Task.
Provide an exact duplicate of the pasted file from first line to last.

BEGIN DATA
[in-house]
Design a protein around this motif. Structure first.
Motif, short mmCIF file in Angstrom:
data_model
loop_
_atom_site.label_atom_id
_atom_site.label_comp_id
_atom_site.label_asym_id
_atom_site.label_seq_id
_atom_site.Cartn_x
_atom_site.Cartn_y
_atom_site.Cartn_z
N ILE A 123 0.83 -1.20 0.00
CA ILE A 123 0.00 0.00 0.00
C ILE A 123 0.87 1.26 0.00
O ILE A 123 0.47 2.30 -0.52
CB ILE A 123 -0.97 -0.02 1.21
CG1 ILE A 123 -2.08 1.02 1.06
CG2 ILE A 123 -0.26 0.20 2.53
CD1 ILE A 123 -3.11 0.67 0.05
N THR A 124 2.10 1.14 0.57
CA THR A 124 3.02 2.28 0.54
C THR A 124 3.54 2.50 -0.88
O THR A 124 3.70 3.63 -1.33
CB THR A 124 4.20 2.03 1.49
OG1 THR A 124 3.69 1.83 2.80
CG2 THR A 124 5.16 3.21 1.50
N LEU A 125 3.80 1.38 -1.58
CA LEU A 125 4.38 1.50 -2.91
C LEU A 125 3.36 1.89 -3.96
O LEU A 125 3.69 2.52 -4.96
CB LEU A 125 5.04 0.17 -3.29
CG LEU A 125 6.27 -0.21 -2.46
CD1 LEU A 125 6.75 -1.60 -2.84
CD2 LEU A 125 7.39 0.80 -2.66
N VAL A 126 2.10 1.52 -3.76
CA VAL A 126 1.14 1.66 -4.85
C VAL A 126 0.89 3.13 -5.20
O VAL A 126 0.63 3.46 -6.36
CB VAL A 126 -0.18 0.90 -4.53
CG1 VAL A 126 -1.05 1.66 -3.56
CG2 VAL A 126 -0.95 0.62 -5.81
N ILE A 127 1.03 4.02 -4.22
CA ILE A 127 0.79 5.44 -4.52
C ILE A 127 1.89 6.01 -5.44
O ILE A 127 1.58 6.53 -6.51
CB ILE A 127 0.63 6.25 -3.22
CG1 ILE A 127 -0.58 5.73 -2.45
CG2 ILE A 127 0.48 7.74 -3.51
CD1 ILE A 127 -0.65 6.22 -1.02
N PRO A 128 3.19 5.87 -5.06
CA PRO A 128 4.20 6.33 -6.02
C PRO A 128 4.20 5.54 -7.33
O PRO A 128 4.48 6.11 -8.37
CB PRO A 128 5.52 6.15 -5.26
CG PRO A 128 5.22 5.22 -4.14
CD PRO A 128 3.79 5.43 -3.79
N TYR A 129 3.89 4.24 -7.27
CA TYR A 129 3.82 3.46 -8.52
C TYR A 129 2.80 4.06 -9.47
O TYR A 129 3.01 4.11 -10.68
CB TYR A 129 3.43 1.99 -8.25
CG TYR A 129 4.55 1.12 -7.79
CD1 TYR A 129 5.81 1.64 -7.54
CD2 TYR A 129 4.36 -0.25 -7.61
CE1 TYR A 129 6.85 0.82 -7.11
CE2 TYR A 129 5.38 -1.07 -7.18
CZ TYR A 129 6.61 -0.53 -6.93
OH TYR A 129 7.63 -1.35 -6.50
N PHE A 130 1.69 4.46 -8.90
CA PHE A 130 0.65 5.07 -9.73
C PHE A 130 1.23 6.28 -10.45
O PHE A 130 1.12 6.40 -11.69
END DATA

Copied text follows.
[in-house]
Design a protein around this motif. Structure first.
Motif, short mmCIF file in Angstrom:
data_model
loop_
_atom_site.label_atom_id
_atom_site.label_comp_id
_atom_site.label_asym_id
_atom_site.label_seq_id
_atom_site.Cartn_x
_atom_site.Cartn_y
_atom_site.Cartn_z
N ILE A 123 0.83 -1.20 0.00
CA ILE A 123 0.00 0.00 0.00
C ILE A 123 0.87 1.26 0.00
O ILE A 123 0.47 2.30 -0.52
CB ILE A 123 -0.97 -0.02 1.21
CG1 ILE A 123 -2.08 1.02 1.06
CG2 ILE A 123 -0.26 0.20 2.53
CD1 ILE A 123 -3.11 0.67 0.05
N THR A 124 2.10 1.14 0.57
CA THR A 124 3.02 2.28 0.54
C THR A 124 3.54 2.50 -0.88
O THR A 124 3.70 3.63 -1.33
CB THR A 124 4.20 2.03 1.49
OG1 THR A 124 3.69 1.83 2.80
CG2 THR A 124 5.16 3.21 1.50
N LEU A 125 3.80 1.38 -1.58
CA LEU A 125 4.38 1.50 -2.91
C LEU A 125 3.36 1.89 -3.96
O LEU A 125 3.69 2.52 -4.96
CB LEU A 125 5.04 0.17 -3.29
CG LEU A 125 6.27 -0.21 -2.46
CD1 LEU A 125 6.75 -1.60 -2.84
CD2 LEU A 125 7.39 0.80 -2.66
N VAL A 126 2.10 1.52 -3.76
CA VAL A 126 1.14 1.66 -4.85
C VAL A 126 0.89 3.13 -5.20
O VAL A 126 0.63 3.46 -6.36
CB VAL A 126 -0.18 0.90 -4.53
CG1 VAL A 126 -1.05 1.66 -3.56
CG2 VAL A 126 -0.95 0.62 -5.81
N ILE A 127 1.03 4.02 -4.22
CA ILE A 127 0.79 5.44 -4.52
C ILE A 127 1.89 6.01 -5.44
O ILE A 127 1.58 6.53 -6.51
CB ILE A 127 0.63 6.25 -3.22
CG1 ILE A 127 -0.58 5.73 -2.45
CG2 ILE A 127 0.48 7.74 -3.51
CD1 ILE A 127 -0.65 6.22 -1.02
N PRO A 128 3.19 5.87 -5.06
CA PRO A 128 4.20 6.33 -6.02
C PRO A 128 4.20 5.54 -7.33
O PRO A 128 4.48 6.11 -8.37
CB PRO A 128 5.52 6.15 -5.26
CG PRO A 128 5.22 5.22 -4.14
CD PRO A 128 3.79 5.43 -3.79
N TYR A 129 3.89 4.24 -7.27
CA TYR A 129 3.82 3.46 -8.52
C TYR A 129 2.80 4.06 -9.47
O TYR A 129 3.01 4.11 -10.68
CB TYR A 129 3.43 1.99 -8.25
CG TYR A 129 4.55 1.12 -7.79
CD1 TYR A 129 5.81 1.64 -7.54
CD2 TYR A 129 4.36 -0.25 -7.61
CE1 TYR A 129 6.85 0.82 -7.11
CE2 TYR A 129 5.38 -1.07 -7.18
CZ TYR A 129 6.61 -0.53 -6.93
OH TYR A 129 7.63 -1.35 -6.50
N PHE A 130 1.69 4.46 -8.90
CA PHE A 130 0.65 5.07 -9.73
C PHE A 130 1.23 6.28 -10.45
O PHE A 130 1.12 6.40 -11.69